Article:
LONDON (Reuters) – African leaders called on Monday for their counterparts from richer, polluting nations to increase funding for projects to help them adapt to climate change.
Countries on the continent are seeking to raise $25 billion of investments in the next three years for adaptation projects, including improving agricultural resilience and updating infrastructure.
“If we want our continent to thrive, we have to adapt to climate change – and to achieve this, adaptation financing needs to start flowing at scale,” Ghana President Nana Afuko-Addo told the Africa Adaptation Summit in Rotterdam on Monday.
The African Development Bank said it had already committed half the amount needed for the Africa Adaptation Acceleration Programme. They were looking for the world’s big polluters to step in.
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“Africa does not contribute more than 3% of global greenhouse gas emissions, but suffers disproportionately from its negative consequences,” African Development Bank President Akinwumi Adesina told the event.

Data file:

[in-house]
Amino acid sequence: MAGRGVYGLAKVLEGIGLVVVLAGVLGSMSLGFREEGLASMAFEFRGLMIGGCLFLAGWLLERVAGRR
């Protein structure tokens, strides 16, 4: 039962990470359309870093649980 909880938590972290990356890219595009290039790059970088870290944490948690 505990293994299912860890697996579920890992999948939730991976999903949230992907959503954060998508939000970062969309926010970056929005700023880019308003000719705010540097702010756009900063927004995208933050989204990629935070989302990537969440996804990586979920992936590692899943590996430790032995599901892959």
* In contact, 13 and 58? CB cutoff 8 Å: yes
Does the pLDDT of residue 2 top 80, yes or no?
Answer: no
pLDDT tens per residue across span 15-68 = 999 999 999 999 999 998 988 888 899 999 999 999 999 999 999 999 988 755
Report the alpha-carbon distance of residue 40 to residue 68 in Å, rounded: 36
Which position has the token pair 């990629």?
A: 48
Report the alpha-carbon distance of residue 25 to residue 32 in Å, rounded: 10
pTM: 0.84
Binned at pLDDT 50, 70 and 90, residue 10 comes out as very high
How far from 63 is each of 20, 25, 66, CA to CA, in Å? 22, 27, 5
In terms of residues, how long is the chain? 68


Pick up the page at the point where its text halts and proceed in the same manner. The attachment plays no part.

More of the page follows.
Britain, Norway, France, and Denmark announced $55 million in new contributions on Monday.
But Senegal’s President, Macky Sall, said he was disappointed by how few of their leaders had turned up for the event.
“I cannot help but note with some bitterness the absence of leaders from the industrial world,” said Sall, who is also chairperson of the African Union.
“I think if we made the effort to leave Africa to come to Rotterdam, it would be easier for the Europeans and others to be here because they are the main polluters”.
Dutch Prime Minister Mark Rutte was the only European leader to attend in person, alongside heads of state from Senegal, Ghana, Gabon, Democratic Republic of the Congo and Ethiopia.
World powers meeting in Glasgow last year pledged to double the funding for such “adaptation projects” for developing countries to around $40 billion a year by 2025.
They are expected to meet again in two months time in Sharm El Sheikh, Egypt for the UN climate summit COP27 – dubbed “the African COP” – with climate finance a major focus.
(Editing by Andrew Heavens)